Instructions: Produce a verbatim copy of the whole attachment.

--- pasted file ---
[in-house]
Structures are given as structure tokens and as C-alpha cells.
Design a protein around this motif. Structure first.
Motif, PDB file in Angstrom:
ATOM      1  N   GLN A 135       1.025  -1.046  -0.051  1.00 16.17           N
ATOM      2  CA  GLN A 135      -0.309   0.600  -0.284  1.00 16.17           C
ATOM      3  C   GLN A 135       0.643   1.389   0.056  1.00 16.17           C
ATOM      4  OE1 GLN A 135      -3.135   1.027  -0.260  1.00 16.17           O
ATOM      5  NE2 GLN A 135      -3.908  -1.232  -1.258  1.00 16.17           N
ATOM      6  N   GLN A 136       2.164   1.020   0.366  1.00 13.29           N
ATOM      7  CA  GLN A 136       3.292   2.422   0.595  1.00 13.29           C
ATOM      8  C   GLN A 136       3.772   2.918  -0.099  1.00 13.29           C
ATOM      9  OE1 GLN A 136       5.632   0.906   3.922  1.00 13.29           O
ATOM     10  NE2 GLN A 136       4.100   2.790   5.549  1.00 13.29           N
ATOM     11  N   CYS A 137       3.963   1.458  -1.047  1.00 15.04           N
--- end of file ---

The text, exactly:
[in-house]
Structures are given as structure tokens and as C-alpha cells.
Design a protein around this motif. Structure first.
Motif, PDB file in Angstrom:
ATOM      1  N   GLN A 135       1.025  -1.046  -0.051  1.00 16.17           N
ATOM      2  CA  GLN A 135      -0.309   0.600  -0.284  1.00 16.17           C
ATOM      3  C   GLN A 135       0.643   1.389   0.056  1.00 16.17           C
ATOM      4  OE1 GLN A 135      -3.135   1.027  -0.260  1.00 16.17           O
ATOM      5  NE2 GLN A 135      -3.908  -1.232  -1.258  1.00 16.17           N
ATOM      6  N   GLN A 136       2.164   1.020   0.366  1.00 13.29           N
ATOM      7  CA  GLN A 136       3.292   2.422   0.595  1.00 13.29           C
ATOM      8  C   GLN A 136       3.772   2.918  -0.099  1.00 13.29           C
ATOM      9  OE1 GLN A 136       5.632   0.906   3.922  1.00 13.29           O
ATOM     10  NE2 GLN A 136       4.100   2.790   5.549  1.00 13.29           N
ATOM     11  N   CYS A 137       3.963   1.458  -1.047  1.00 15.04           N